Climate justice and COP27: a view from Sudan

Catastrophic floods frequently hit Sudan – picture TAM via Facebook

In response to the UN COP27 climate talks in Egypt 7-18 November we are publishing a series of articles previewing a special feature in the next issue of Middle East Solidarity on the struggles for climate justice and democracy.
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In our first interview, we talk to Mohammed Siddig, a member of the Office of External Relations for TAM, the Sudanese Alliance of Demand-based Campaigns, about what climate justice means for the people of Sudan and why it cannot be separated from the struggle for democracy. Read TAM’s message of solidarity with climate protests on 12 November here.

What are the problems faced by people in Sudan as a result of climate change?

Sudan is highly vulnerable to climate change. The livelihoods of the people mainly depend on agriculture and livestock, which are directly climate-dependent sectors. Droughts, unpredictable rainfall, flash and river floods have been witnessed frequently in the past years and decades, causing the loss of lives and properties and worsening poverty.

Moreover, Sudan has experienced “armed conflicts” over natural resources because of clashes between population groups that have conflicting economic activities, such agriculture and raising livestock. The causes of the conflicts were the variability of rainfall and the change in grazing lands. Similarly, land changes and displacements due to flooding, desertification, and drought can bring more confrontations to the country.

Another result of droughts and the consequent change in economic activity is  rural-urban migration, which puts a huge burden on the country’s already weak economy and contributes to centralisation.

Rural women and children are most vulnerable to climate change. If climate change causes conflicts or sustains poverty due to declining economic activities , women and children are the most vulnerable. Furthermore, a shortage in water resources causes young girls and boys to drop out of school to travel kilometres a day to fetch water. All these impacts rob women, young girls and boys of rights in life (due to illnesses or security issues during their daily travels on unsafe routes), good health and well-being, education, and economic growth, and consequently make gender equality unobtainable.

What would a just transition from fossil fuels look like from your point of view?

In the context of Sudan’s energy profile, although electricity generation from fossil fuels has approximately doubled compared to what it was in 2015, still a significant share of the grid is from hydropower. Also, the country’s developmental status and energy poverty make fossil fuels acceptable even in light of the Paris agreement, which doesn’t put an emissions reduction obligation on the less developed countries.

Speaking about global energy, we call for energy sustainability and equity and demand the industrialised nations who exploited their and other nations’ resources for their own development cut the use of fossil fuel as demanded by  international agreements.

However, the transition to renewable energy is insufficient to effect the desired outcome. The other factors of land use and sustainable agriculture must also receive considerable attention. Moreover, policies for adaptation to climate-induced catastrophes are equally crucial to emission reduction demands.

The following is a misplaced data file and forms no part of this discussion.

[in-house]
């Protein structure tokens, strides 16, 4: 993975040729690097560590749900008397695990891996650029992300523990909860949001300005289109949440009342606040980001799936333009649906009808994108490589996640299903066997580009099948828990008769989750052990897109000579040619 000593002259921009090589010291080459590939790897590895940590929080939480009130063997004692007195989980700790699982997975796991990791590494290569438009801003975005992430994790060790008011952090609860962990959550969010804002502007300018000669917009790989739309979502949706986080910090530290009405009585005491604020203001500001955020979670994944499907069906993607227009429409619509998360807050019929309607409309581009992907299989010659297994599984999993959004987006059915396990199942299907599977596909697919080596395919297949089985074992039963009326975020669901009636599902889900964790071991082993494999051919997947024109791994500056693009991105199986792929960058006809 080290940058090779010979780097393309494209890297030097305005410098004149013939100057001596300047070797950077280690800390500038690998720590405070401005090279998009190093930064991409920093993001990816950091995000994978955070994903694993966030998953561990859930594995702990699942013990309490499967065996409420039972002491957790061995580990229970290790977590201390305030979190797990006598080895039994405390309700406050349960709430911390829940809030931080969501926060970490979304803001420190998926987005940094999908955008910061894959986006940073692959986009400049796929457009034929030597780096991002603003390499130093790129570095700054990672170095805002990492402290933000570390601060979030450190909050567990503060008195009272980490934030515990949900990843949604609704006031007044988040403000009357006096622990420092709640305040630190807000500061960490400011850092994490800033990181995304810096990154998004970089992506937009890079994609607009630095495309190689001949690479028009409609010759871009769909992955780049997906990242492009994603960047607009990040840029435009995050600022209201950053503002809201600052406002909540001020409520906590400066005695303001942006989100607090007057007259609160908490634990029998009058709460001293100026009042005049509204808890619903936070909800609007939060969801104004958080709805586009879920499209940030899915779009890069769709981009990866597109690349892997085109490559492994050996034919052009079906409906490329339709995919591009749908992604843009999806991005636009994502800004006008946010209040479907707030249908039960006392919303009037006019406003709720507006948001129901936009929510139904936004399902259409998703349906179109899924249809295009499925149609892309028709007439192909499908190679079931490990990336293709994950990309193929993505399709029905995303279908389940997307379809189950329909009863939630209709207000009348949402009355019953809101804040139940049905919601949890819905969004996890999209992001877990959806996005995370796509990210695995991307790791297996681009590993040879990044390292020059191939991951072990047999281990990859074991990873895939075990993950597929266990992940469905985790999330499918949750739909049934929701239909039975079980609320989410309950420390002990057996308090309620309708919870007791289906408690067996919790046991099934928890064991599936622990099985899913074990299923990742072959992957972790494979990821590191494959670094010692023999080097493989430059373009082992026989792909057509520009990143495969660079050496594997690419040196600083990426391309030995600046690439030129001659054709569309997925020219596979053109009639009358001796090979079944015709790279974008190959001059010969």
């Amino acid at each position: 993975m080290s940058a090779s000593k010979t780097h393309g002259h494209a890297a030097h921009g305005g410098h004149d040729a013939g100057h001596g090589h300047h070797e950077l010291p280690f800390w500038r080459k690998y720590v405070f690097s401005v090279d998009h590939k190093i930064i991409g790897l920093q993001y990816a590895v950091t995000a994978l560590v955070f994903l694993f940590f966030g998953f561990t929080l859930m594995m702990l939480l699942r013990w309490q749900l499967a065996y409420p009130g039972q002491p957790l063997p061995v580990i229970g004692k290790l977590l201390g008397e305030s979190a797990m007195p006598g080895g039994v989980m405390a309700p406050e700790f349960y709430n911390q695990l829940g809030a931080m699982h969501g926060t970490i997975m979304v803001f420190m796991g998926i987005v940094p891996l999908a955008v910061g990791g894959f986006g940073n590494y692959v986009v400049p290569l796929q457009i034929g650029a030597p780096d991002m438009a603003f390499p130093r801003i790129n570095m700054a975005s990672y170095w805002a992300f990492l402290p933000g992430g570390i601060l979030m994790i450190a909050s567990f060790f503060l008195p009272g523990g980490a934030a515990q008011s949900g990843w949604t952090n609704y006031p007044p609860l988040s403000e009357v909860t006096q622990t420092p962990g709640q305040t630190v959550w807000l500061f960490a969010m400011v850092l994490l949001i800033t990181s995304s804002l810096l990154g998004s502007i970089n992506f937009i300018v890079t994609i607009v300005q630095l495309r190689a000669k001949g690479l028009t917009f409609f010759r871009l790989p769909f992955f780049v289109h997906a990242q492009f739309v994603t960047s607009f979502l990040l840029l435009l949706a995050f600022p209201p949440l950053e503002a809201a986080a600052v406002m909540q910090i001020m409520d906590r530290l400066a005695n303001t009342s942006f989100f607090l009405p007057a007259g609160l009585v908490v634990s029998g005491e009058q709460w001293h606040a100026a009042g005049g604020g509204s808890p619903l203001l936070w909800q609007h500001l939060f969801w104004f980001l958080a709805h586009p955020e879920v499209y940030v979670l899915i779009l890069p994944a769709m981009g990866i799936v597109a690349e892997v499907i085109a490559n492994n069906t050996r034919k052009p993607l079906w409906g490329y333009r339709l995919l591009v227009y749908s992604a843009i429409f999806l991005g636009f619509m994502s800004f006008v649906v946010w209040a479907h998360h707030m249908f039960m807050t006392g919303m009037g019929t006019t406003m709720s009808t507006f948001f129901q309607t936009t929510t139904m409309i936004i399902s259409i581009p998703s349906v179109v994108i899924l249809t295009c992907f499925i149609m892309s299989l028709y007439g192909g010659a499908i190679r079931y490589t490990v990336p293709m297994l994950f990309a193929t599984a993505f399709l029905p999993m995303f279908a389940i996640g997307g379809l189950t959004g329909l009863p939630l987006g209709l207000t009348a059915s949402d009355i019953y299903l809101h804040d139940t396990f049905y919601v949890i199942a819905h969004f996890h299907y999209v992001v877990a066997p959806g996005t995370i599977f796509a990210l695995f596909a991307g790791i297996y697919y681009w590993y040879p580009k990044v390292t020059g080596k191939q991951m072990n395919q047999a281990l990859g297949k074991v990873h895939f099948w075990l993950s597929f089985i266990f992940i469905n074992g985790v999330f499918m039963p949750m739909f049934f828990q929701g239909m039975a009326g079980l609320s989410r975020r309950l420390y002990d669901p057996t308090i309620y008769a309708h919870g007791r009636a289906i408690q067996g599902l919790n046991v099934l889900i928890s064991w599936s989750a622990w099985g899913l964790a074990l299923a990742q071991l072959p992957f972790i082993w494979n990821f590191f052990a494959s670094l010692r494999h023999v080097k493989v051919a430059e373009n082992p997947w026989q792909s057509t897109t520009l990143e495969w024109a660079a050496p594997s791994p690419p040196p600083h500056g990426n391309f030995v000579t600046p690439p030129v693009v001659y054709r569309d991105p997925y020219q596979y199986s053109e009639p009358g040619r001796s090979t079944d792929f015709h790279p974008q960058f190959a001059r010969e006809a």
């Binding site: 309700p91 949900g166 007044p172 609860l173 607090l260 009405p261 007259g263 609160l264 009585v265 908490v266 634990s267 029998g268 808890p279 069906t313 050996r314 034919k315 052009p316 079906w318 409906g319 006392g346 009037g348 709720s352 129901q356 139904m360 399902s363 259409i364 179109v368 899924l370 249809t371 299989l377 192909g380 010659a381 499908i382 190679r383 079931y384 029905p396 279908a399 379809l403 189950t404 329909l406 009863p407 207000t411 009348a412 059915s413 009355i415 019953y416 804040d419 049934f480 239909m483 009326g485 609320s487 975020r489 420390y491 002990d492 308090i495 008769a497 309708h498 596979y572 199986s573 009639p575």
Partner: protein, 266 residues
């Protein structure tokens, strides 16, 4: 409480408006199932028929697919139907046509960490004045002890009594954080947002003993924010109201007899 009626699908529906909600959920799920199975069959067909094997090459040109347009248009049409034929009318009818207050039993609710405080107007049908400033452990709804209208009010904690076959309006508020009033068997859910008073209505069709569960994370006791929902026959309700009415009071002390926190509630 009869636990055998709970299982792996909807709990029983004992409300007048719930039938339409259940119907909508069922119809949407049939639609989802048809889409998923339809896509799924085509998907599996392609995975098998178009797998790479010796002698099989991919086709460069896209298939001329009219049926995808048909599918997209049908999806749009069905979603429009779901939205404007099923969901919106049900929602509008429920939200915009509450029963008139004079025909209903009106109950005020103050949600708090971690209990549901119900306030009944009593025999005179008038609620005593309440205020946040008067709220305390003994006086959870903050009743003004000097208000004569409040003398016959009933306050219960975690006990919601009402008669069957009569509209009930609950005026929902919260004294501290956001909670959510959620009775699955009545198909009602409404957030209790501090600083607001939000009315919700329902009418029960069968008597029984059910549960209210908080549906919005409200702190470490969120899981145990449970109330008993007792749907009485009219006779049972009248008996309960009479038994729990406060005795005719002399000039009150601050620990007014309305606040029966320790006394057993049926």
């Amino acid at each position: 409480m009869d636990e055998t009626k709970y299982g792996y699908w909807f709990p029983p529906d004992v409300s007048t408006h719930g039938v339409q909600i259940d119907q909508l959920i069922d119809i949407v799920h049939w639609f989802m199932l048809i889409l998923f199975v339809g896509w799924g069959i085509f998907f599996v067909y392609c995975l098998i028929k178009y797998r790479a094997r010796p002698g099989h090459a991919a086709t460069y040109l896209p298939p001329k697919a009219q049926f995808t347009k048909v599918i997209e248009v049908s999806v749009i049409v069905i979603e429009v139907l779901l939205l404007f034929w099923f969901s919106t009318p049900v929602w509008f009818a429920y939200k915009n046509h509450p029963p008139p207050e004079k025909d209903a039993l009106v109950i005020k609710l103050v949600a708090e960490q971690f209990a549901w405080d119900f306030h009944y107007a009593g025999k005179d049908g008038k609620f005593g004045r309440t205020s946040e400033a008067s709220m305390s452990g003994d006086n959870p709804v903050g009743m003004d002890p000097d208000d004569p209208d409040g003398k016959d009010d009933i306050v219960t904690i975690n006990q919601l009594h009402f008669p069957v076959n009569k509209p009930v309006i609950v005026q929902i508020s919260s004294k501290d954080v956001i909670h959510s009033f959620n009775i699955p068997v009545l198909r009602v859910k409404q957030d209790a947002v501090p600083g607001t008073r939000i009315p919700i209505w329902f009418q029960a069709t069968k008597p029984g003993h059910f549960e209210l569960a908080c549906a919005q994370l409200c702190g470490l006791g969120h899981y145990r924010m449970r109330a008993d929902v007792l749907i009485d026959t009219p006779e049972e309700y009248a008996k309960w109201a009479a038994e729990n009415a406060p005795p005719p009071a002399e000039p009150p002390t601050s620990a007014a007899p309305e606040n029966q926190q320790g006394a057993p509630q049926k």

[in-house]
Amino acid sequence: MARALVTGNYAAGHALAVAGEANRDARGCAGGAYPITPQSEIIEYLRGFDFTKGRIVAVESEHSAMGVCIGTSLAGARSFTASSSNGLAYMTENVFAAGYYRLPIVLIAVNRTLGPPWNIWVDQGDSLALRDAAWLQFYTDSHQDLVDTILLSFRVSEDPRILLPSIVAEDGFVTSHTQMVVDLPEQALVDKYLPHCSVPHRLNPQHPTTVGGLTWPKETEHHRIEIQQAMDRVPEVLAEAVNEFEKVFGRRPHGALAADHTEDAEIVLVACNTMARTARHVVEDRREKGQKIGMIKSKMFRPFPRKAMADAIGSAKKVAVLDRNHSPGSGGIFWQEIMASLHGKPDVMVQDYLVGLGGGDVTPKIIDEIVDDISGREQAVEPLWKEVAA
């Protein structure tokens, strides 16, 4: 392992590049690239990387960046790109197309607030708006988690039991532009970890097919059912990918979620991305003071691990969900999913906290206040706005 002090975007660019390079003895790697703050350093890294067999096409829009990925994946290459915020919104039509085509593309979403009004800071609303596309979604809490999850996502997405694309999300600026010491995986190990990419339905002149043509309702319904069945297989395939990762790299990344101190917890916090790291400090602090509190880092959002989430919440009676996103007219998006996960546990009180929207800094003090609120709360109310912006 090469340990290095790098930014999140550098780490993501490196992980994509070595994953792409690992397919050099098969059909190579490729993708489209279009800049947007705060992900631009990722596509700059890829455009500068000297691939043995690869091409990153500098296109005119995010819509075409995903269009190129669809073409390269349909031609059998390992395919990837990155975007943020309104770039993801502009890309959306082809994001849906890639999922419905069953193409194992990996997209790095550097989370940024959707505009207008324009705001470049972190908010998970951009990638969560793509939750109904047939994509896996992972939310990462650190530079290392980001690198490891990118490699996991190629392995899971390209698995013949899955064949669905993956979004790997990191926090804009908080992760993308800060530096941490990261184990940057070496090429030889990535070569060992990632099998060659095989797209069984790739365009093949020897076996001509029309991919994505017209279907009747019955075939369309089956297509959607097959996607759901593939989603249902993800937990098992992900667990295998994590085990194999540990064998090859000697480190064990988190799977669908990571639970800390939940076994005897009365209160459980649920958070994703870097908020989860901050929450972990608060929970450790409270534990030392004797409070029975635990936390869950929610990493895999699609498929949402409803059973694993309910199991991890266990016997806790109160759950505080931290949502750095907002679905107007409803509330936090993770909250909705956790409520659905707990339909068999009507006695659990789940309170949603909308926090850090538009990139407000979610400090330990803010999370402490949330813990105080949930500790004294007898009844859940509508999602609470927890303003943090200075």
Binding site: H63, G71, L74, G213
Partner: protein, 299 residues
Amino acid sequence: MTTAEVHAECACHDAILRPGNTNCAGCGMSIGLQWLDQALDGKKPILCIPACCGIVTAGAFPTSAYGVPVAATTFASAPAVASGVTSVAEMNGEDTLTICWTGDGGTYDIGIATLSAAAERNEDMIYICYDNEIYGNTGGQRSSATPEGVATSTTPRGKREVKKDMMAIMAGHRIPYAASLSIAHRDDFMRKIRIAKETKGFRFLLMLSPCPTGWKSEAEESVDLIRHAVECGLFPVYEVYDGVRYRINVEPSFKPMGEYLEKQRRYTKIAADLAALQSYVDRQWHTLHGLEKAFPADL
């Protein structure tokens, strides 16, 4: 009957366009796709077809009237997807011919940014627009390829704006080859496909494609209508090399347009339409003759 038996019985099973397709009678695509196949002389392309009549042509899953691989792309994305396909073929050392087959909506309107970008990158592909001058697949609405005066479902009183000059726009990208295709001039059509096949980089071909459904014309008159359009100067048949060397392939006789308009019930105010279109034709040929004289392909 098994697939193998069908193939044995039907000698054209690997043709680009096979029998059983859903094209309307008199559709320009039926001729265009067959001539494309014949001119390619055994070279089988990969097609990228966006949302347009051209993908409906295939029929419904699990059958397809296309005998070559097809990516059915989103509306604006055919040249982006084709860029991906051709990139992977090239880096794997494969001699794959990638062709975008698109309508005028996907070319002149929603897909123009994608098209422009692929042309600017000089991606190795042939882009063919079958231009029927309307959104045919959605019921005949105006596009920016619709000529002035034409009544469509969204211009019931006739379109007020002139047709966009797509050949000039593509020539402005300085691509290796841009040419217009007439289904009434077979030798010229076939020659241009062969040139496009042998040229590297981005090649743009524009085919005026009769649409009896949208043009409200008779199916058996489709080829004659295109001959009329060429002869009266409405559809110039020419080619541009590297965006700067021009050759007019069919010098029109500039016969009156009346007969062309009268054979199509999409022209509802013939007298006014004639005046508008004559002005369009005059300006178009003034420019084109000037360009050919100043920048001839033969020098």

How do you see the relationship between the struggle for democracy and the struggle for climate justice? 

Resilience and adaptation to climate change needs efficient management of natural resources, adequate infrastructure, and policies to eradicate poverty, diversify income resources, and achieve equal distribution of wealth. Clearly, these are the core of our demands that we believe can only be resolved under civil democratic governance.

It should go without saying that social justice and the good of the people contrast with authoritarian regimes. We have experienced military rule for 53 years since Sudan’s independence (some people would say for 55 years, considering the power of the junta during the two years of the transitional government between 2019-2021). All the suffering the Sudanese people have gone through and are still going through, including climate change impacts, is a result of the wrong policies of totalitarian regimes followed by wrong and unfair treatment, corruption, lack of will to sustain peace, and the absence of freedom and political participation that enables people to decide on their developmental needs.

>>Find out more about Sudan’s revolution – join the Sudan Solidarity Conference on 6 November. 

Do you think that grassroots climate justice groups should be going to COP27 in Egypt this year? 

When a political regime doesn’t feature accountable institutions and lacks all the pillars of justice, it surely disregards climate justice. Therefore, we trust that climate justice grassroots groups will not acknowledge COP27. Also, we believe these groups always have and still stand in solidarity with the advocates of human rights, justice and freedom in Egypt, who paid and are paying with their lives just for exercising their right to speak up.

Holding an international summit in Egypt gives a dictatorship credit that it does not deserve. 

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